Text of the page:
12. The system of claim 7, wherein the operation further comprises, determining access privileges assigned to a requesting client submitting the request for the API view.
13. The system of claim 7, wherein the cloud computing resources include one or more of instances of virtual machines (VM), data storage resources, database services, message notification services, message queueing services, load balancing services, resource monitoring services, and auto-scaling group services.
14. The system of claim 7, wherein the API view definition further specifies processing logic used to generate data to include in the requested API view based on at least the response data retrieved from the invocation of the one or more APIs.
15. The system of claim 7, wherein at least a first one of the web services is an external web service hosted outside of the cloud computing platform.
16. A computer-implemented method for generating an application programming interface (API) view definition for an API view of cloud computing resources, the computer-implemented method comprising:
receiving, by a view service hosted within a cloud computing platform, an indication of at least a first web service to query to obtain raw data associated with the cloud computing resources, wherein the raw data is used to generate the API view of the cloud computing resources;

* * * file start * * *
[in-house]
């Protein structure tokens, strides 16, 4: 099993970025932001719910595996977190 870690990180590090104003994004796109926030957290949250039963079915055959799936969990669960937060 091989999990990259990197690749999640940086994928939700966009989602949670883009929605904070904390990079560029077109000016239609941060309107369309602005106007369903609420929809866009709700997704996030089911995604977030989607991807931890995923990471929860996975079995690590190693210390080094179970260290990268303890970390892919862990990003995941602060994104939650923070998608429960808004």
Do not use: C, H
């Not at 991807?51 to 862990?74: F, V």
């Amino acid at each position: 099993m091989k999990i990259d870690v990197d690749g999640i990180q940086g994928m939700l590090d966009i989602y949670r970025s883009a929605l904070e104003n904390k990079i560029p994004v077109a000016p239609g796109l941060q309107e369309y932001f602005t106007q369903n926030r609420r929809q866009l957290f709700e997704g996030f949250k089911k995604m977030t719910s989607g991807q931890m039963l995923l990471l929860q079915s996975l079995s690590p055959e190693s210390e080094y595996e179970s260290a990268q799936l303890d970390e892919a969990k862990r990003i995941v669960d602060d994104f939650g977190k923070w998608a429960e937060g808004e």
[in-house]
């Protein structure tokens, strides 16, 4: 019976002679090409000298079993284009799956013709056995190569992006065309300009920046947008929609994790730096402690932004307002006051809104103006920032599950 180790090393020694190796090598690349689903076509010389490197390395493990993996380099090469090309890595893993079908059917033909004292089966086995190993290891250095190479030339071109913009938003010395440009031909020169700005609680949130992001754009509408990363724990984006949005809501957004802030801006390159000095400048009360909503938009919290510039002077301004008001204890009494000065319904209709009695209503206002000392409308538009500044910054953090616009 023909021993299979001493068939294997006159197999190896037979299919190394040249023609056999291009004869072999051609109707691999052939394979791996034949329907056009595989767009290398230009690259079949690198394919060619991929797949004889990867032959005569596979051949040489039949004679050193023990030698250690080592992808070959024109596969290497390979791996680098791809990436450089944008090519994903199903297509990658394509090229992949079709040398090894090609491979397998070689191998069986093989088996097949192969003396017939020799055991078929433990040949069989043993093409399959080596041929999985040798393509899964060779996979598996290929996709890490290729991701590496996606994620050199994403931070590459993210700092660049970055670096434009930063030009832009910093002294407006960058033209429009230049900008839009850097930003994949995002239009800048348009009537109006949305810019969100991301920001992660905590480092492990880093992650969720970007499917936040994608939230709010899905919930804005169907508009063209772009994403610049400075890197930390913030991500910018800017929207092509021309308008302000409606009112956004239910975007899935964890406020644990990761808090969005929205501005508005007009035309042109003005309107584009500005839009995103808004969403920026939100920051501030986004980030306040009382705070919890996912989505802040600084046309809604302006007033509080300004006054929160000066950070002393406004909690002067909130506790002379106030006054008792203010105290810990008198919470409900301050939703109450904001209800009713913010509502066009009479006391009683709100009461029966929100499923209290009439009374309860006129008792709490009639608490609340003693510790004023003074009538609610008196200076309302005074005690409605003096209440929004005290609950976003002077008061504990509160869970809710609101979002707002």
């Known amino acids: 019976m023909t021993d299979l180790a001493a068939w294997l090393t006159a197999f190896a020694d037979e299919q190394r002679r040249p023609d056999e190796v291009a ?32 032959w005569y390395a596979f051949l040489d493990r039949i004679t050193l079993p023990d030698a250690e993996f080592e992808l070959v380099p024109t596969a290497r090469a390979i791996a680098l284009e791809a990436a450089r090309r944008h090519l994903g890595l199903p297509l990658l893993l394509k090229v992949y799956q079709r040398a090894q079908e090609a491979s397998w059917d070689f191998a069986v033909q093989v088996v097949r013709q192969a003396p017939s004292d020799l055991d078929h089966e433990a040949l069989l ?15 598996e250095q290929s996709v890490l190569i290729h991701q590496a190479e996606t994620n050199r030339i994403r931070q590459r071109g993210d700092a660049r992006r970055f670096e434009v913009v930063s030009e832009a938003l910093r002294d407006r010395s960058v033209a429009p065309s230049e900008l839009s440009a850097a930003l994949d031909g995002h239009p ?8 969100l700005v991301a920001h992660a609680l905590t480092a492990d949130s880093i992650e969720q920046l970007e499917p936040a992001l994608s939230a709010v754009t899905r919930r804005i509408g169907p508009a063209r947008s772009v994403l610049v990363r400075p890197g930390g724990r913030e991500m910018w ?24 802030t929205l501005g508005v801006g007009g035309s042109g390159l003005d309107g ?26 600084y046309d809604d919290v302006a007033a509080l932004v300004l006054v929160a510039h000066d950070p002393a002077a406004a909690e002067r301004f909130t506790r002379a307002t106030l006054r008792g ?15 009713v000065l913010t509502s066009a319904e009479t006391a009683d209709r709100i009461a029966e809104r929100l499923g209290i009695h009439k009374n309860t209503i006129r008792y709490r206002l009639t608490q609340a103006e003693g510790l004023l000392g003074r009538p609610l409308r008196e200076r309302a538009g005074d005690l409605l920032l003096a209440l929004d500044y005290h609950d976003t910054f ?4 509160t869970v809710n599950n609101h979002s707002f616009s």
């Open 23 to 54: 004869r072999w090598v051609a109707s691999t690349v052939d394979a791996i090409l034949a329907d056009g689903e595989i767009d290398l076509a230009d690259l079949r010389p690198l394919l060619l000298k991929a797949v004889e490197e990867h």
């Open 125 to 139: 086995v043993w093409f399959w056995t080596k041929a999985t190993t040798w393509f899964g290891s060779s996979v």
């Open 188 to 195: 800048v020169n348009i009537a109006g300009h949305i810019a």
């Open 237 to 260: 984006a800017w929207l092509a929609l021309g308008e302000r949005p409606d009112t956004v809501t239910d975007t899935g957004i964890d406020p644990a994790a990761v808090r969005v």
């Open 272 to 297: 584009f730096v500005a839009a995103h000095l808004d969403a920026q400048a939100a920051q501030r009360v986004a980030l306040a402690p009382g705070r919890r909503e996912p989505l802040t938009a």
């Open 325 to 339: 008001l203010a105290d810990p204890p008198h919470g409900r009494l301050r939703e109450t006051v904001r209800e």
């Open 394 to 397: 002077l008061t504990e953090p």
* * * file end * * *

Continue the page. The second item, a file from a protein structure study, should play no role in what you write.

receiving a selection of a plurality of data fields to populate in the API view using the raw data obtained by querying at least the first web service;
receiving a format for a response object to package the API view of the cloud computing resources; and
storing, as the API view definition and by operation of one or more computer processors, at least the indication of the first web service, the selection of the plurality of data fields, and the format for a response object, wherein the API view definition is stored in a repository accessible to the view service.
17. The computer-implemented method of claim 16, further comprising:
upon receiving, by the view service, a request for the API view of the cloud computing resources corresponding to the API view definition:
querying at least the first web service referenced in the API view definition to retrieve the raw data;
generating the API view of the cloud computing resources according to the API view definition, by populating the plurality of data fields of the API view based on at least the raw data;
generating the response object containing the generated API view according to the format specified in the API view definition; and
returning, in response to the request, the response object.
18. The computer-implemented method of claim 17, wherein the request for the API view corresponding to the API view definition comprises an invocation of an API call to an API which exposes the view service on the cloud computing platform.
19. The computer-implemented method of claim 16, wherein the first web service is queried by invoking one or more API calls.
20. The computer-implemented method of claim 16, wherein the format for the response object comprises one of a database table, a JSON document, an XML document, a programmatic object, and unstructured text.
21. The computer-implemented method of claim 16, wherein the cloud computing resources include one or more of instances of virtual machines (VM), data storage resources, database services, message notification services, message queueing services, load balancing services, resource monitoring services, and auto-scaling group services.